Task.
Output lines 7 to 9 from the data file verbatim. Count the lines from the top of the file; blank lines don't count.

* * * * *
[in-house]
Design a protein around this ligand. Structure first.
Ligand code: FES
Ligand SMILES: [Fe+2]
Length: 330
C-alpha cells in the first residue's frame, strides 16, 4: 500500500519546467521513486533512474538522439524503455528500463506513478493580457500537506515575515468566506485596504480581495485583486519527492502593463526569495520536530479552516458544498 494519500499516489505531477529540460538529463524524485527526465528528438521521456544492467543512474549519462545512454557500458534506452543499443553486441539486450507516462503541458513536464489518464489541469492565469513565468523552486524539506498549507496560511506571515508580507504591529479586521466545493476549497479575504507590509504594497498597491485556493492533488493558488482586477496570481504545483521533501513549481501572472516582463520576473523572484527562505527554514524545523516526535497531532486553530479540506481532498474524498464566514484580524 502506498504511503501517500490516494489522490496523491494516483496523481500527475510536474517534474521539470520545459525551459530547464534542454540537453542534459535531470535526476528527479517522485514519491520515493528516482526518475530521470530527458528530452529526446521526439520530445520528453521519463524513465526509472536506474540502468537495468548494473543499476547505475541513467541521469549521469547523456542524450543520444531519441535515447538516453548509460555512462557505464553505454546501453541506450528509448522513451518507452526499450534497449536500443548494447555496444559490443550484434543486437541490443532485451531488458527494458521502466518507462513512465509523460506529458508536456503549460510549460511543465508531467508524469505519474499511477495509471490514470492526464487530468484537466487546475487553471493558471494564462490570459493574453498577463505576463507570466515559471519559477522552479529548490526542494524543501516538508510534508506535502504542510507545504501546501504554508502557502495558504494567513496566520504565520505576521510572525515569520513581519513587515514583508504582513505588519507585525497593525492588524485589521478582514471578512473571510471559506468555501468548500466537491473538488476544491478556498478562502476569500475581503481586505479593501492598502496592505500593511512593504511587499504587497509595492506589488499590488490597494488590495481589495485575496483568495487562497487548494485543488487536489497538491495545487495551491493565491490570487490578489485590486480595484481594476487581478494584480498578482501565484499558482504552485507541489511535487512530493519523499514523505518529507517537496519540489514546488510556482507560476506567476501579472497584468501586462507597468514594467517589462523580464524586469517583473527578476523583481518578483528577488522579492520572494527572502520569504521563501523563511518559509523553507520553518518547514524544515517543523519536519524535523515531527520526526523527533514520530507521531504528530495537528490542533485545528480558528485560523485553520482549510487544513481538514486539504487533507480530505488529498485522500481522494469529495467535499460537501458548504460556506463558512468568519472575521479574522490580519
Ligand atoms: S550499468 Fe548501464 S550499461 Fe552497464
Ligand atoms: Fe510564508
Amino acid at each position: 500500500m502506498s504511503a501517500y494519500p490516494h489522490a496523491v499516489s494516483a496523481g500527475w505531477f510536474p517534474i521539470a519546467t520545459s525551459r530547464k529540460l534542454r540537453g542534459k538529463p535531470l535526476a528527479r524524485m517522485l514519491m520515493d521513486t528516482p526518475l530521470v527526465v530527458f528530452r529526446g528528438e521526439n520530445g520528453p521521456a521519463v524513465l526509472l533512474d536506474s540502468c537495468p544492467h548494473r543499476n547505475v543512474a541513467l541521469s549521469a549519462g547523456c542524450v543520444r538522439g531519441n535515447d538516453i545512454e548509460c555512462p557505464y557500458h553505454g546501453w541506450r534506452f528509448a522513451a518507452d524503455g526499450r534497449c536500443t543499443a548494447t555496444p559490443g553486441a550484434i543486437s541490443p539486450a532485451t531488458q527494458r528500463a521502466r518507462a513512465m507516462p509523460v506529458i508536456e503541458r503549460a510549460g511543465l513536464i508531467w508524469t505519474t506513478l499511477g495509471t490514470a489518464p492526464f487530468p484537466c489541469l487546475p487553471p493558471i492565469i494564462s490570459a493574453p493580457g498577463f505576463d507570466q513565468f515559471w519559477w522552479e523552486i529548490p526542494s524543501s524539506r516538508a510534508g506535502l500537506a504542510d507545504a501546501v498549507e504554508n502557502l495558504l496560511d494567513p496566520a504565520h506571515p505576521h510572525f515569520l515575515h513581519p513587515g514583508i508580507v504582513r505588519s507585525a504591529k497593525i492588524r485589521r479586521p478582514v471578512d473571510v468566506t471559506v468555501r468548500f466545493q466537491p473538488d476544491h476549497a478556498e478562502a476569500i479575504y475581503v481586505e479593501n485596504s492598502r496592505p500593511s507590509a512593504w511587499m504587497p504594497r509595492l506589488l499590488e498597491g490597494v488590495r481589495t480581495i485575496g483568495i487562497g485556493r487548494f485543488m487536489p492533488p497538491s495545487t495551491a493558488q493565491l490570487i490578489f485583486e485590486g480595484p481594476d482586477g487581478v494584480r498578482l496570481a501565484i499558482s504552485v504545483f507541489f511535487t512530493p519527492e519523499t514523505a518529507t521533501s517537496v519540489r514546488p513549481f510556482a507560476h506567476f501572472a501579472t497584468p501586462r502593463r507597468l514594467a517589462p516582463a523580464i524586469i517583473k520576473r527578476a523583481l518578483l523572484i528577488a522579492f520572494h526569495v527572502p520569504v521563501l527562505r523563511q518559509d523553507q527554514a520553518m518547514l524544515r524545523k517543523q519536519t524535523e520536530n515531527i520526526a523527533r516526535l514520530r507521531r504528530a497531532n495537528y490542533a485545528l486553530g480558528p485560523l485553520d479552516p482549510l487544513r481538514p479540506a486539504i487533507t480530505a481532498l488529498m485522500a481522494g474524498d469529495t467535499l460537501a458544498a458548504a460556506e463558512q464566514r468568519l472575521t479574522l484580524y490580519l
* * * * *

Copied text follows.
Ligand atoms: S550499468 Fe548501464 S550499461 Fe552497464
Ligand atoms: Fe510564508
Amino acid at each position: 500500500m502506498s504511503a501517500y494519500p490516494h489522490a496523491v499516489s494516483a496523481g500527475w505531477f510536474p517534474i521539470a519546467t520545459s525551459r530547464k529540460l534542454r540537453g542534459k538529463p535531470l535526476a528527479r524524485m517522485l514519491m520515493d521513486t528516482p526518475l530521470v527526465v530527458f528530452r529526446g528528438e521526439n520530445g520528453p521521456a521519463v524513465l526509472l533512474d536506474s540502468c537495468p544492467h548494473r543499476n547505475v543512474a541513467l541521469s549521469a549519462g547523456c542524450v543520444r538522439g531519441n535515447d538516453i545512454e548509460c555512462p557505464y557500458h553505454g546501453w541506450r534506452f528509448a522513451a518507452d524503455g526499450r534497449c536500443t543499443a548494447t555496444p559490443g553486441a550484434i543486437s541490443p539486450a532485451t531488458q527494458r528500463a521502466r518507462a513512465m507516462p509523460v506529458i508536456e503541458r503549460a510549460g511543465l513536464i508531467w508524469t505519474t506513478l499511477g495509471t490514470a489518464p492526464f487530468p484537466c489541469l487546475p487553471p493558471i492565469i494564462s490570459a493574453p493580457g498577463f505576463d507570466q513565468f515559471w519559477w522552479e523552486i529548490p526542494s524543501s524539506r516538508a510534508g506535502l500537506a504542510d507545504a501546501v498549507e504554508n502557502l495558504l496560511d494567513p496566520a504565520h506571515p505576521h510572525f515569520l515575515h513581519p513587515g514583508i508580507v504582513r505588519s507585525a504591529k497593525i492588524r485589521r479586521p478582514v471578512d473571510v468566506t471559506v468555501r468548500f466545493q466537491p473538488d476544491h476549497a478556498e478562502a476569500i479575504y475581503v481586505e479593501n485596504s492598502r496592505p500593511s507590509a512593504w511587499m504587497p504594497r509595492l506589488l499590488e498597491g490597494v488590495r481589495t480581495i485575496g483568495i487562497g485556493r487548494f485543488m487536489p492533488p497538491s495545487t495551491a493558488q493565491l490570487i490578489f485583486e485590486g480595484p481594476d482586477g487581478v494584480r498578482l496570481a501565484i499558482s504552485v504545483f507541489f511535487t512530493p519527492e519523499t514523505a518529507t521533501s517537496v519540489r514546488p513549481f510556482a507560476h506567476f501572472a501579472t497584468p501586462r502593463r507597468l514594467a517589462p516582463a523580464i524586469i517583473k520576473r527578476a523583481l518578483l523572484i528577488a522579492f520572494h526569495v527572502p520569504v521563501l527562505r523563511q518559509d523553507q527554514a520553518m518547514l524544515r524545523k517543523q519536519t524535523e520536530n515531527i520526526a523527533r516526535l514520530r507521531r504528530a497531532n495537528y490542533a485545528l486553530g480558528p485560523l485553520d479552516p482549510l487544513r481538514p479540506a486539504i487533507t480530505a481532498l488529498m485522500a481522494g474524498d469529495t467535499l460537501a458544498a458548504a460556506e463558512q464566514r468568519l472575521t479574522l484580524y490580519l